Tuesday, November 26, 2013

"If you plug it in and it doesn't go, what is it good for beyond reminding me of my ex-wife?" My latest experience with Lyman Products warranty system.

Many months ago, I borrowed a friend's Lyman Turbo 3200 tumbler to do a large job. It crapped out. Well, okay. It was now my responsibility to return it in the same shape I borrowed it, so I sent it off (when I could afford the shipping) to Lyman. In the fullness of time I received an email indicating that it had a broken motor mount and for the modest sum of $63.00, they would fix it. Okay, well it took a bit to scrape that up and I sent it to them and just received the "repaired" unit back.
So, I filled it with some media and a thousand pieces of .40 S&W brass belonging to a friend that I had volunteered to clean just to try out the unit. I plugged it in and . . . nothing. Not a twitch, not a vibe.
So I today sent it back to Lyman with a copy of the work order where they fixed the motor mount, with this scrawled across the bottom:
"That's all well and good but if you plug it in and it doesn't go, what is it good for beyond reminding me of my ex-wife? Do you mind actually FIXING the thing?"
When I get a response from Lyman, I'll let you know.


Anonymous said...

After you return your friend's unit, buy one of the green ones for yourself. I bought mine used around 20 years ago and it still goes when I plug it in. Plus that company will not let you pay for repairs, I've sent them stuff I broke through brute force and ignorance with a check to prepay the repairs. They always return my repaired item or a brand new one with my un-cashed check.

Anonymous said...

RCBS. Never heard anything from them but "we'll take care of that / send you a new part / is there anything else we can do for you?

This includes times I have told their representatives I bought equipment USED and then found a broken part. And times I told them that I broke it myself by being stupid.

I do note they now specify a 2 year warranty on electrical equipment, the presses, dies and other mechanical items are FOREVER, no proof of purchase or warranty card needed.

Anyhow- If you're going to clean huge ammounts of brass, try a large rock polisher using water, stainless steel pin media, dawn dish soap and Lemishine. It's faster and quieter.

Chuck said...

What if nothing works when you plug it in?

I can't fix Lyman's warranty system, but I've got grid-down brass cleaning fix for you Mike.

Build a 5 gallon bucket wet tumbler and invest in some stainless pin media. When the power goes off you can hook it up to a bicycle, media will last forever, no dust to kill your family slowly, and no dirty media ever.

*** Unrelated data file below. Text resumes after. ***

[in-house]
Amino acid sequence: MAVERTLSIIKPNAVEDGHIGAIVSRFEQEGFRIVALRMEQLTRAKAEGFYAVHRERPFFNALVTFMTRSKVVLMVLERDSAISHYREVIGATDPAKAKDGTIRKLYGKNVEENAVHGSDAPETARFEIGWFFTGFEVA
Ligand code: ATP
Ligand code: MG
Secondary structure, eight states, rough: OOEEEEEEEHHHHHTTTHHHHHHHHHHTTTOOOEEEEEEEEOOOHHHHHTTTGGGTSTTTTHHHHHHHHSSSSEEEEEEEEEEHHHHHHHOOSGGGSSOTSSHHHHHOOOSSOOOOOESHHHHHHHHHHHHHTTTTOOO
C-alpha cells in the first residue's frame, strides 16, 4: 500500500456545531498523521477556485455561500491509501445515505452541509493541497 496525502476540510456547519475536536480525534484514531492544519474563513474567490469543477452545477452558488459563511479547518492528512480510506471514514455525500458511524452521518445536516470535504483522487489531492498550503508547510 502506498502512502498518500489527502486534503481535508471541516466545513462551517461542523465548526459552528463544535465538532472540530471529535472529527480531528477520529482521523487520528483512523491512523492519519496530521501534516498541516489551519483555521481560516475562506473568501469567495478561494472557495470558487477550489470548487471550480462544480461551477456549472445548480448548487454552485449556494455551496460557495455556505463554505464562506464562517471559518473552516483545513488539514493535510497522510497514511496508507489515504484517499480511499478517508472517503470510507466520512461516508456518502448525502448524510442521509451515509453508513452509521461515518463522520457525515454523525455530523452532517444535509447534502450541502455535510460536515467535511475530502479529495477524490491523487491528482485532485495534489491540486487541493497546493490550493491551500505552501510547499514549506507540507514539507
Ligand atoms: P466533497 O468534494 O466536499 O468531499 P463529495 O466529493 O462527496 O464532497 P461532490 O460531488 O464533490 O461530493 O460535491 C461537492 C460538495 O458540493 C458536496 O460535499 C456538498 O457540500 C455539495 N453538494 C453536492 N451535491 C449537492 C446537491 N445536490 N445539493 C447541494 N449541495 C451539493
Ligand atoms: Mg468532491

The old mason jar with apple cider vinegar and a dash of dish soap will always work for small batches. Won't make it glisten, but it'll get the dirt and crud off.

Only thing you can't clean in a wet tumbler is steel case Berdan primed stuff, and you probably could, if you could dry it before any rust sets in.

Anonymous said...

On the subject of adapting rock polishers/media: the first time I saw any of the current "state of the art" bowl shaped units was at a tool and die show that a machinist friend invited me to. Our brass polishers are adapted from the smallest of the units I saw there. Some of them were the size of hot tubs. And the range of media they used to deburr punched metal parts was way more extensive. Keep in mind that the more agressive media will remove more metal in a given time. What works for stainless steel might be too over the top for brass.

Paul X said...

Stop polishing brass, that's the ticket. It works just as well when it's tarnished, and won't cold-weld to the bullets which is a big plus.

Anonymous said...

I can echo the positive experience with RCBS. I was trying to disassemble my Rock Chucker press for cleaning and managed to crack off the end of one of the toggle arm pins. They sent me a new one right away, even though it's my own fault it broke.

But I do have a Lyman tumbler made in the 80s that still works perfectly.

Anonymous said...

Got both tumblers myself '! "Turbos" are convenient, TBS ! And perhaps faster (?) . But my old "rock polisher" does just as well ! >Jeff

gunnyg said...


Take the wet steel casings and cook them for ten minutes in the oven on warm (low) with the door slightly ajar to vent the water vapor. Check em for wetness and add time if needed.

Anonymous said...

Two words...Dillon Precision

Toastrider said...

On a side note, it's always a good idea to measure your reloads now and then. The extended family did some shooting this weekend, and my pistol kept seizing up. Turned out dad's new 9mm rounds were -just- fat enough that they didn't seat properly in the bore.

Poor Dad, he looked a mite sullen over that, even though I told him it wasn't his fault (his pistol evidently was accepting the ammo with nary a hiccup).